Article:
US government blocks Arctic exploration, Congressmen call for federal enquiry on Exxon's climate change denial, 10 oil companies pledge to support Paris – not Exxon: Week 41, 2015.

France launches global drive for climate deal. Every one on the nation’s ambassadors have been educated in climate change, so they can address meetings etc.
“Diplomats accuse Britain of ‘kowtowing’ to secure Hinkley backing”: FT. Western diplomats based in Beijing are sending snide cables back to capitals.
UK solar power industry proposes emergency plan to save itself. It would add just £1 to bills and save 15,000 to 20,000 jobs.
US government blocks future Arctic oil exploration lease sales. Republicans react predictably: a betrayal of US energy security.
Exxon’s climate change denial warrants federal inquiry, 2 congressmen say. Their ‘sustained deception campaign’ could be prosecuted through truth-in-advertising and racketeering laws.
Ten oil companies pledge to support Paris. Global warming should stay below 2C, their CEOs say. They say gas should be favoured over coal, and that they will invest in CCS.
“Green worries keep foreign banks away from $3.3 billion Coal India sale.” $3.3 bn target for 10% stake could be sunk by pressure investment banks are under from environmental groups.
Almost 90% of global GHG emissions are covered in the Paris pledges submitted to date. 149 countries have filed INDCs, with more to come: far more than expected.
Which countries are doing the most to stop dangerous global warming? Guardian infographic offers a comparison. “The world’s pledges are impressive, but still not enough.”
“Nuclear deals with China could endanger UK national security.” Shadow energy secretary Lisa Nandy says that PM has questions to answer. after concerns emerge from intelligence agencies.
“The tangle of loose lending to tight oil.” “Big US lenders have admitted they are setting money aside to cover losses on fossil fuel loans”, writes Gillian Tett in the FT.
The Koch Brothers influence chart of fossil-fuel defence. IFG schematic shows how the millions are deployed right across the political world.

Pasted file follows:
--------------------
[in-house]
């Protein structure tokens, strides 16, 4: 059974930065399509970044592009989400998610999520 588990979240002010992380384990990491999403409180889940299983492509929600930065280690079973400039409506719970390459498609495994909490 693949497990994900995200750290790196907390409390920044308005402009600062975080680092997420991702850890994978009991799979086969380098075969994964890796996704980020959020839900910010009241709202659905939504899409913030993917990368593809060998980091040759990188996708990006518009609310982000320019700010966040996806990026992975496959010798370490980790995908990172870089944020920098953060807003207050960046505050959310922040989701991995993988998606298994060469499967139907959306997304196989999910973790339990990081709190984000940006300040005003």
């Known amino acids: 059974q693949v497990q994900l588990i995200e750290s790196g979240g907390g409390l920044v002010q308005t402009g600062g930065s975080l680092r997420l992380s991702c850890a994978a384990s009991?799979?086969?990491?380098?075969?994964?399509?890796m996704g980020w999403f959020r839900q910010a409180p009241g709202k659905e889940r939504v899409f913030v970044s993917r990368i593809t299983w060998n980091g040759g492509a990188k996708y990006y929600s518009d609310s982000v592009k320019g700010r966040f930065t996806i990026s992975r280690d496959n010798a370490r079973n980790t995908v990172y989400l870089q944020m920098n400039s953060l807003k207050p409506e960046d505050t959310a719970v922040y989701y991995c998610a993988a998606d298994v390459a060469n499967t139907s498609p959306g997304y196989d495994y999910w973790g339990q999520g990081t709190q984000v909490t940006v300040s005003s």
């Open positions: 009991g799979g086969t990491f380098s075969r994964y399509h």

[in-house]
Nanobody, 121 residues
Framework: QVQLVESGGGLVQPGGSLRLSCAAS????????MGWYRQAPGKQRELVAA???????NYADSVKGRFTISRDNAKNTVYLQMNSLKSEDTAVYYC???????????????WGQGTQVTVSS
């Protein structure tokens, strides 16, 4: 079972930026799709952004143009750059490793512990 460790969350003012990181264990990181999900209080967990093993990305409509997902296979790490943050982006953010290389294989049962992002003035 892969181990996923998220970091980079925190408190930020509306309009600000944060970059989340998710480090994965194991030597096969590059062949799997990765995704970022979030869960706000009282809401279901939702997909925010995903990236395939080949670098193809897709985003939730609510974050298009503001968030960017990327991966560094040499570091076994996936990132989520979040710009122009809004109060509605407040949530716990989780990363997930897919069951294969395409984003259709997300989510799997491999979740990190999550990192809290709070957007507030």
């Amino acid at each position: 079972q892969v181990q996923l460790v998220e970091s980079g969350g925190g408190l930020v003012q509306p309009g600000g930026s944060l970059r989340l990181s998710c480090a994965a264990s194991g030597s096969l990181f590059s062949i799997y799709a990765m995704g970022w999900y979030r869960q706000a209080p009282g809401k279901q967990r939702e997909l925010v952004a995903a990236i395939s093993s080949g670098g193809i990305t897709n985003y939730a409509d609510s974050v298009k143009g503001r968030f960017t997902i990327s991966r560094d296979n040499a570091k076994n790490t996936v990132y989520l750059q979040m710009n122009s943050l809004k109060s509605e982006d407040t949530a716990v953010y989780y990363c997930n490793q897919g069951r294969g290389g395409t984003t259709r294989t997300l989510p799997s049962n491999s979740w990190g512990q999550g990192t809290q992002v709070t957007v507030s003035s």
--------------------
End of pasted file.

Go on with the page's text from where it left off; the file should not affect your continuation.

Cameron calls ministerial talks on how to tackle putative UK energy supply crunch. He, Osborne, Rudd and Letwin will discuss Ofgem’s warning that demand is just short of supply.
“Exxon’s climate lie: ‘No corporation has ever done anything this big or bad’.” Bill McKibben cuts loose: “ the sheer, profound, and I think unparalleled evil – of Exxon.”
Bill Gates calls fossil-fuel divestment a “false solution”. He keeps $1.4bn invested in fossil fuels. he also thinks solar cost reductions are being hyped.
“Oil unlikely to ever be fully exploited because of climate concerns – BP.” So says Spencer Dale, Chief Economist, in a speech in London. He explicitly accepts some unburnable reserves.
The food chains of the world’s oceans are at risk of collapse. Release of greenhouse gases+ are the cause, a new report concludes. 1C warming so far and 30% acidification.
‘Blackout Britain’ warnings “do not reflect reality”. An ECIU report chronicles 10 years of press hype of risk from renewable supply. Are journalists being played, the authors ask.
Consolidation inevitable for UK solar, industry bosses say. In a panel at a trade show, the view is that a wave of M&A is coming.
New IPCC chief calls for fresh focus on climate solutions, not problems. Hoesung Lee says “we have been somewhat slow in identifying the solutions aspects” in first interview.
Greenpeace and Enel, former enemies, now in unity on carbon-fuel phaseout. It must be by 2050, the two CEOs agree. But Enel will retire 13 GW of fossil-fuel power by 2020 in new plans.
Scots slam HMG on energy. “Recent decisions on renewables by the UK government can only be described as anti-business, anti-environment and anti-energy security,” says Fergus Ewing.
Former climate minister slams DECC for measures that will “kill” solar industry. Greg Barker tells Radio 4 that DECC’s evidence for cuts is “pretty poor”.
Britain shows that world can cut carbon emissions and still get richer, PwC argues. Annual Low Carbon Economy report shows global carbon intensity fell 2.7% last year. 6.3% needed.
Brazil sets up a solar catch 22. It has a target of nearly 10 GW by 2024, but only using modules assembled in country. None are being assembled as things stand.
“The International Energy Agency consistently underestimates wind and solar power. Why?” Compounds reasons, David Roberts argues on cultural failings, vested interests, etc.